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  37. Guven Guzeldere, Owen J. Flanagan & Valerie Gray Hardcastle (2000). The Nature and Function of Consciousness: Lessons From Blindsight. In Michael S. Gazzaniga (ed.), The New Cognitive Neurosciences: 2nd Edition. Mit Press.
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  38. Alfons O. Hamm, Almut I. Weike, Harald T. Schupp, Thomas Treig, Alexander Dressel & Christof Kessler (2003). Affective Blindsight: Intact Fear Conditioning to a Visual Cue in a Cortically Blind Patient. Brain 126 (2):267-275.
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  39. Justin A. Harris, Lisa Karlov & Colin W. G. Clifford (2006). Localization of Tactile Stimuli Depends on Conscious Detection. Journal of Neuroscience 26 (3):948-952.
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  40. Charles A. Heywood, Alan Cowey & F. Newcombe (1991). Chromatic Discrimination in a Cortically Colour-Blind Observer. European Journal of Neuroscience 3:802-12.
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  41. Charles A. Heywood & Robert W. Kentridge (2000). Affective Blindsight? Trends in Cognitive Sciences 4 (4):125-126.
  42. Charles A. Heywood, Robert W. Kentridge & Alan Cowey (1998). Cortical Color Blindness is Not ''Blindsight for Color''. Consciousness and Cognition 7 (3):410-423.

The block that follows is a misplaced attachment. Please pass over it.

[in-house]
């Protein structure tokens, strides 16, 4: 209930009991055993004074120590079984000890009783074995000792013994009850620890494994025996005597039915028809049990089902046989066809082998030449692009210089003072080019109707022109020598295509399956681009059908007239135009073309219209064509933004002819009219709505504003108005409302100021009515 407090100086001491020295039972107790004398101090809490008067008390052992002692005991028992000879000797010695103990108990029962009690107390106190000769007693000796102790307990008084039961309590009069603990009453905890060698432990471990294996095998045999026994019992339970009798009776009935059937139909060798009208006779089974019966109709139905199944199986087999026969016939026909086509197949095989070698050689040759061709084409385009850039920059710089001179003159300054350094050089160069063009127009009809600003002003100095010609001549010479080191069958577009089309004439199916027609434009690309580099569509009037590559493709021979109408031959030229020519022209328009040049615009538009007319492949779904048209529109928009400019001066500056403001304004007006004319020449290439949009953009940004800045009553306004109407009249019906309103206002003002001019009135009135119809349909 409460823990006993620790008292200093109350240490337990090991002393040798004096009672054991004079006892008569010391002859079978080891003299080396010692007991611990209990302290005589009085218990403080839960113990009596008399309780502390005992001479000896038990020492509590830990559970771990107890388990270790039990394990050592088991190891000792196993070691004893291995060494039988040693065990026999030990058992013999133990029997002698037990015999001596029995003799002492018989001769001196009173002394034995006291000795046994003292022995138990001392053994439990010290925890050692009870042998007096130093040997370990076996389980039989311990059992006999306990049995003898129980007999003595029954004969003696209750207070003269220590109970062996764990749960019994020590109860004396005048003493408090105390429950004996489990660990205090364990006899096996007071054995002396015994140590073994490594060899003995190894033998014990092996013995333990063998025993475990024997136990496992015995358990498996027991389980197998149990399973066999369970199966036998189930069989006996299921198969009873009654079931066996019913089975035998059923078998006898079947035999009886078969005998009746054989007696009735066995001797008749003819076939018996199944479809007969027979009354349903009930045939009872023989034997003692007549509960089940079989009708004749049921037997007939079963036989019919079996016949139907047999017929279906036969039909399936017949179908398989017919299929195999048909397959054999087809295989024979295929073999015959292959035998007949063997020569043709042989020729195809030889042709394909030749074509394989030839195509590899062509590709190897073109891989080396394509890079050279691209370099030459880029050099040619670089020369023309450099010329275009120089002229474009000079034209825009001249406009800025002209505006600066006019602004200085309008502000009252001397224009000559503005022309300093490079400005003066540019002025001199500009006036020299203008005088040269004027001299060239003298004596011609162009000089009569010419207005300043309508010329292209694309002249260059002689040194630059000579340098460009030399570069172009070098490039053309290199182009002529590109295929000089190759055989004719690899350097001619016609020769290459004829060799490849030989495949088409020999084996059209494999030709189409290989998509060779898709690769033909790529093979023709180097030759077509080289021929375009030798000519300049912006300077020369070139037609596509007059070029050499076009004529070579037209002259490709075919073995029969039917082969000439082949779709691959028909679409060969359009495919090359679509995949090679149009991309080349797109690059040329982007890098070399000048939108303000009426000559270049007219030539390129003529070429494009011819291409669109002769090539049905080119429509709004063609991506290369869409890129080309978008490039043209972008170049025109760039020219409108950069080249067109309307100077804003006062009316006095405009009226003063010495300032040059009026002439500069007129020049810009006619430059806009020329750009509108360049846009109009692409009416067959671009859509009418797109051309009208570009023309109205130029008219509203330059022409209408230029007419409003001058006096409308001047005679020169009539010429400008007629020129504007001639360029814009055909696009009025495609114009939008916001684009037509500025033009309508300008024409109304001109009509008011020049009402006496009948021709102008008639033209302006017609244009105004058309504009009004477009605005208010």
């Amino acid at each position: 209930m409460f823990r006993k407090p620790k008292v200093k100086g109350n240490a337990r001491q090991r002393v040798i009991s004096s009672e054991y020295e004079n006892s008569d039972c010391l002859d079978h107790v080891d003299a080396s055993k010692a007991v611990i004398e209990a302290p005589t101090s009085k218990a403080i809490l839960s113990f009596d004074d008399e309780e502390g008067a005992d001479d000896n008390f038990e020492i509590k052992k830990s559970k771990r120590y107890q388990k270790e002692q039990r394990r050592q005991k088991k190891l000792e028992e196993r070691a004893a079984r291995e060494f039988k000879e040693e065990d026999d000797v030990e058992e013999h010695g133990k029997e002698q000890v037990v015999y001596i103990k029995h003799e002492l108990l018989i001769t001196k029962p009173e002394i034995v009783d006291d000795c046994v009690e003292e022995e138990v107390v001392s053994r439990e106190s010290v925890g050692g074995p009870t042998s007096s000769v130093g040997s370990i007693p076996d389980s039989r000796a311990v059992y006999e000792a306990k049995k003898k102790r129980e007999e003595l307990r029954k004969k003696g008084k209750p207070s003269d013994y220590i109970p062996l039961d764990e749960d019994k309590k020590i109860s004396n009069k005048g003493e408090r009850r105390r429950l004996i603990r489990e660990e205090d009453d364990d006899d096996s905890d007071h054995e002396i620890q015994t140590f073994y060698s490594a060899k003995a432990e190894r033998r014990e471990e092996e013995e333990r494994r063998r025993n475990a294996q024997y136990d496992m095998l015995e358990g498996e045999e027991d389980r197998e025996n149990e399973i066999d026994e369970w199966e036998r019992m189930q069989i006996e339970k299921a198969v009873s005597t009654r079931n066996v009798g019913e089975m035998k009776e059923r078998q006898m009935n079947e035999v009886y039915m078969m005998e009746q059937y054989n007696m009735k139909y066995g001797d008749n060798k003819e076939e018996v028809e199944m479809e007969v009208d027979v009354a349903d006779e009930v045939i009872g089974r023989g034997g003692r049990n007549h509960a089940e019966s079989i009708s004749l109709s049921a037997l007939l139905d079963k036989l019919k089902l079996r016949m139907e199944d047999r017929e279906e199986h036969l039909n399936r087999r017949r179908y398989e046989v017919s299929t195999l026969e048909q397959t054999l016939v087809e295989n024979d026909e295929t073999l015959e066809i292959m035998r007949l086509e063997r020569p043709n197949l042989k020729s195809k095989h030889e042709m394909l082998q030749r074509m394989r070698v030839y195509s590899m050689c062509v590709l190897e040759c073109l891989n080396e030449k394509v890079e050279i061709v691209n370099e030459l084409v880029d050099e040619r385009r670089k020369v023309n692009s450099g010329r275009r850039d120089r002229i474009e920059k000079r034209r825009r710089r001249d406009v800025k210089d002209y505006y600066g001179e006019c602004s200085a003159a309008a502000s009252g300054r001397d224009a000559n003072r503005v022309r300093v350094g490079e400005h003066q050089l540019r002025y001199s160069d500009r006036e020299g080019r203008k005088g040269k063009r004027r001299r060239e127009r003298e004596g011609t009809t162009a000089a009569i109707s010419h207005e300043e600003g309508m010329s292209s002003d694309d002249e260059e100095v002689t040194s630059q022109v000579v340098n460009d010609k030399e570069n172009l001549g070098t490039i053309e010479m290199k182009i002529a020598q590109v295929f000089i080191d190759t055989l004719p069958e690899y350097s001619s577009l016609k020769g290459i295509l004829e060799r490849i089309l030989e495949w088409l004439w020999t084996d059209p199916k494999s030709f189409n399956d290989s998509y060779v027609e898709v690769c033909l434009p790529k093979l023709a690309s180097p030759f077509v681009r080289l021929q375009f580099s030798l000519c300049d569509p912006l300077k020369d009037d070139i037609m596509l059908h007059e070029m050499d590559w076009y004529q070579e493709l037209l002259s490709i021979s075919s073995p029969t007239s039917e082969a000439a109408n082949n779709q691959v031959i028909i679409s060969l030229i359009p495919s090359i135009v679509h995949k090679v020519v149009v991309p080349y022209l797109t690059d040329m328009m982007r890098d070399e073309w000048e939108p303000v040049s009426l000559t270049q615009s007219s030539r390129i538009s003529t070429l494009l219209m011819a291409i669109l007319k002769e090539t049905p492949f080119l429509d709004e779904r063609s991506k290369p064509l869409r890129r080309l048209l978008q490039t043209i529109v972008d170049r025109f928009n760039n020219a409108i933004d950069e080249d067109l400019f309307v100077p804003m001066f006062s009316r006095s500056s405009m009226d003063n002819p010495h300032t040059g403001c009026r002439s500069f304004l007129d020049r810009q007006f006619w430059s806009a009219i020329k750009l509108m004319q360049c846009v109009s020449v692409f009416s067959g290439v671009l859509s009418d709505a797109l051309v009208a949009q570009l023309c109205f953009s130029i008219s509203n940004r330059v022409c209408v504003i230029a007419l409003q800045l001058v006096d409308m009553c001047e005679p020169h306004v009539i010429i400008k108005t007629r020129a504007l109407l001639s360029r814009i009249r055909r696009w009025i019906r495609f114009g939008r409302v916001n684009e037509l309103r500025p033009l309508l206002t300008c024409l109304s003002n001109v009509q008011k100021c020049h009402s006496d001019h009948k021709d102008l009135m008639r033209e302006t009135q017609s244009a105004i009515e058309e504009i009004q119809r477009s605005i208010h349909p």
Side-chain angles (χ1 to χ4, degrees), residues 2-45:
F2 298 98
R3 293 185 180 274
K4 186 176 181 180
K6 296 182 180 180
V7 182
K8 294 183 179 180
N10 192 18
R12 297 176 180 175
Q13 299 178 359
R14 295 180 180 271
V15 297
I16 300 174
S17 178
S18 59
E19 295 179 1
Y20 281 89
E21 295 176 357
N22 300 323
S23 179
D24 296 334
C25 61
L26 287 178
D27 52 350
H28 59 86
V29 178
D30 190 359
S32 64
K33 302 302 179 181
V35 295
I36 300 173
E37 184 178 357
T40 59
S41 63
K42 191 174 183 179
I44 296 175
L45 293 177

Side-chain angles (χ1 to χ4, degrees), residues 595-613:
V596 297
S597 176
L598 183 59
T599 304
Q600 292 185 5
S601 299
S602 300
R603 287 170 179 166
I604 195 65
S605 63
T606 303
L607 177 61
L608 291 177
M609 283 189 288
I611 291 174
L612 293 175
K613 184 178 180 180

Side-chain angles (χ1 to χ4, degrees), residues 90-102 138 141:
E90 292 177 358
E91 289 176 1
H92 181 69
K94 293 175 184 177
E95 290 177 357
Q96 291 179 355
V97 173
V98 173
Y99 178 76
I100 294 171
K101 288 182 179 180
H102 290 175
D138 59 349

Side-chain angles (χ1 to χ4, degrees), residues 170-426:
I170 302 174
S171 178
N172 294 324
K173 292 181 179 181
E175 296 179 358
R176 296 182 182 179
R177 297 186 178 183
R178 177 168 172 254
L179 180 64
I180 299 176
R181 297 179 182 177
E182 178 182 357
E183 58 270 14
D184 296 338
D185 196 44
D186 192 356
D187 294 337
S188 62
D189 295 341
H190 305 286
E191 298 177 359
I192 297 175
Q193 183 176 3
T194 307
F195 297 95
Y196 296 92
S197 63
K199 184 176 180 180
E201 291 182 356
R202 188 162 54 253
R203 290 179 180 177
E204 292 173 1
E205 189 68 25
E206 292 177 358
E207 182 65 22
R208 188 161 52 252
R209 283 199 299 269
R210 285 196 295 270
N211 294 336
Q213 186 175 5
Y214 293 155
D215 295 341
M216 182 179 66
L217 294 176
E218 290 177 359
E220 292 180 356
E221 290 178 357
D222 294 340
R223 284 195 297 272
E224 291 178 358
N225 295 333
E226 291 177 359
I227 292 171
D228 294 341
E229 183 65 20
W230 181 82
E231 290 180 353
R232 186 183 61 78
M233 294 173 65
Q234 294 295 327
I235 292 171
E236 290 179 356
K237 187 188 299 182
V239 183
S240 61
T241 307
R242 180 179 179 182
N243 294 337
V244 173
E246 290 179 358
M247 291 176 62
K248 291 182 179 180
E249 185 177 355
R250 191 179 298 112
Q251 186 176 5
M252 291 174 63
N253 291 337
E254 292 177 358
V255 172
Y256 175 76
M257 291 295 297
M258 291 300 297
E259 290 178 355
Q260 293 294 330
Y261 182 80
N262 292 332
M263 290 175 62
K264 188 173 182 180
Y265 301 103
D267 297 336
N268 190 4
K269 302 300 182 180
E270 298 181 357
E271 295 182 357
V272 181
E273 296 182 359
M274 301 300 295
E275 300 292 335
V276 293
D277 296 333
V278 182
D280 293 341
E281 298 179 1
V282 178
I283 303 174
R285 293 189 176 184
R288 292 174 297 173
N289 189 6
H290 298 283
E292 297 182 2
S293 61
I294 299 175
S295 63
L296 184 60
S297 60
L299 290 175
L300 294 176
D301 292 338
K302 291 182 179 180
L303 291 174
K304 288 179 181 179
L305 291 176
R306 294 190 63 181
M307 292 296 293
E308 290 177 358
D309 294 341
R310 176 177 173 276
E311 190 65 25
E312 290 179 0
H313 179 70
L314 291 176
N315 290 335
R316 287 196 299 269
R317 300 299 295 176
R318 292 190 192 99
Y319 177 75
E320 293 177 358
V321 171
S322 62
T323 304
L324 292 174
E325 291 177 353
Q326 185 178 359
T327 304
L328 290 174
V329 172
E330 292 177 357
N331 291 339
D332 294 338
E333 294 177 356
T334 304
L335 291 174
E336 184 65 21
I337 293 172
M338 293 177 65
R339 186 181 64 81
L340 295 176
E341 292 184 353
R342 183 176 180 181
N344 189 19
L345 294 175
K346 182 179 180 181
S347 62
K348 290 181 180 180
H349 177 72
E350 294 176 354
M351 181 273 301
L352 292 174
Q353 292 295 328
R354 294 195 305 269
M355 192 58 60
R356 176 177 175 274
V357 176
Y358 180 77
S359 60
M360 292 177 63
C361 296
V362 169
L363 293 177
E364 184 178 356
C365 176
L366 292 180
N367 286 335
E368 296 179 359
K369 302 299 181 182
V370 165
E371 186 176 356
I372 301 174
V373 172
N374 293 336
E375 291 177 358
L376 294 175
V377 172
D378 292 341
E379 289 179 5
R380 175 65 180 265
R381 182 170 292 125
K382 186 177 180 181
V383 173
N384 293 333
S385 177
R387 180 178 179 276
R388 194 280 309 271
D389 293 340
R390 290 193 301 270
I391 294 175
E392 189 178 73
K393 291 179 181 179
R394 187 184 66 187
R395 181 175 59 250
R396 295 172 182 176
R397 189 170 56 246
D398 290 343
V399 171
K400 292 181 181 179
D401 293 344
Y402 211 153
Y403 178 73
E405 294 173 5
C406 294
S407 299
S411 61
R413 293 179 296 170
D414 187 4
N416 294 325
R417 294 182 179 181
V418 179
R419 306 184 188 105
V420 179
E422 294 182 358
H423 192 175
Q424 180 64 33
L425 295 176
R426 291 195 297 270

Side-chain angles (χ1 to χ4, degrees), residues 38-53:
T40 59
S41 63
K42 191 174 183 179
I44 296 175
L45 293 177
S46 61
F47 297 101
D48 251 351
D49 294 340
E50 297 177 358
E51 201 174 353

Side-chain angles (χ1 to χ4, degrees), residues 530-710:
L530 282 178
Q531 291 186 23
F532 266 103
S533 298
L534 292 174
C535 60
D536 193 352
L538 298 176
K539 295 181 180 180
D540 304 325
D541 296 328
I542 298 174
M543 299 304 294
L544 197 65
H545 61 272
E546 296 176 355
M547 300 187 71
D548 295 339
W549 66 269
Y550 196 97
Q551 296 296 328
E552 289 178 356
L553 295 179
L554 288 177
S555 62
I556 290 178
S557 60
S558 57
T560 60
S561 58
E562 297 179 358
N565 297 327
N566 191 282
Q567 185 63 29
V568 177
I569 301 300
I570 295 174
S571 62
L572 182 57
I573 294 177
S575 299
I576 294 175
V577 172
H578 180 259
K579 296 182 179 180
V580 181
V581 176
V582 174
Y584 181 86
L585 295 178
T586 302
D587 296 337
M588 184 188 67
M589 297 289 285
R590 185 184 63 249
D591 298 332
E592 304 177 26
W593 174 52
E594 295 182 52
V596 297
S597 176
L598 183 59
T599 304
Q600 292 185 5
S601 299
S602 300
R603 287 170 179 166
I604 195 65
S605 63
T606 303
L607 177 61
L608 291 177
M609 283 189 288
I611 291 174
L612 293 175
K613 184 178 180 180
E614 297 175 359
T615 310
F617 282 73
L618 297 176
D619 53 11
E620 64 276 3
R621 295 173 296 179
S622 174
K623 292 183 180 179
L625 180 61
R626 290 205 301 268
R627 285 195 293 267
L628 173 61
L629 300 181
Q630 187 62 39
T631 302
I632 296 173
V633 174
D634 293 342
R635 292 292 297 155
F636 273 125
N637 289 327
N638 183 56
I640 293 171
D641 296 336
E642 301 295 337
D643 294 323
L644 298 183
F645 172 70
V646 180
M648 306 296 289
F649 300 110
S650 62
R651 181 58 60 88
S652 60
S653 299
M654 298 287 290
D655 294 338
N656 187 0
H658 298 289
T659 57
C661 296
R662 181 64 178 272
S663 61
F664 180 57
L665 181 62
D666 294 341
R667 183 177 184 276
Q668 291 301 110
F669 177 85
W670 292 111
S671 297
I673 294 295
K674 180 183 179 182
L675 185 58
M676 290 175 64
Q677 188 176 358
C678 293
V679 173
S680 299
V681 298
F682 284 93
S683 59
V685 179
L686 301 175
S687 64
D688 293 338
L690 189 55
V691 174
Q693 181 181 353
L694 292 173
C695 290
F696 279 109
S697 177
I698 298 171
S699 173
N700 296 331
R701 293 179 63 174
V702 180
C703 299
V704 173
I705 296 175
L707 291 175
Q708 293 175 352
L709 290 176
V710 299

Cortical color blindness, or cerebral achromatopsia, has been likened by some authors to ''blindsight'' for color or an instance of ''covert'' processing of color. Recently, it has been shown that, although such patients are unable to identify or discriminate hue differences, they nevertheless show a striking ability to process wavelength differences, which can result in preserved sensitivity to chromatic contrast and motion in equiluminant displays. Moreover, visually evoked cortical potentials can still be elicited in response to chromatic stimuli. We suggest (...)
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  43. Jason Holt (1999). Blindsight in Debates About Qualia. Journal of Consciousness Studies 6 (5):54-71.
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  44. Christopher Hookway (ed.) (1993). Philosophy and the Cognitive Sciences. Cambridge University Press.
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  45. Nicholas Humphrey (1974). Vision in a Monkey Without Striate Cortex: A Case Study. Perception 3 (3):241-55.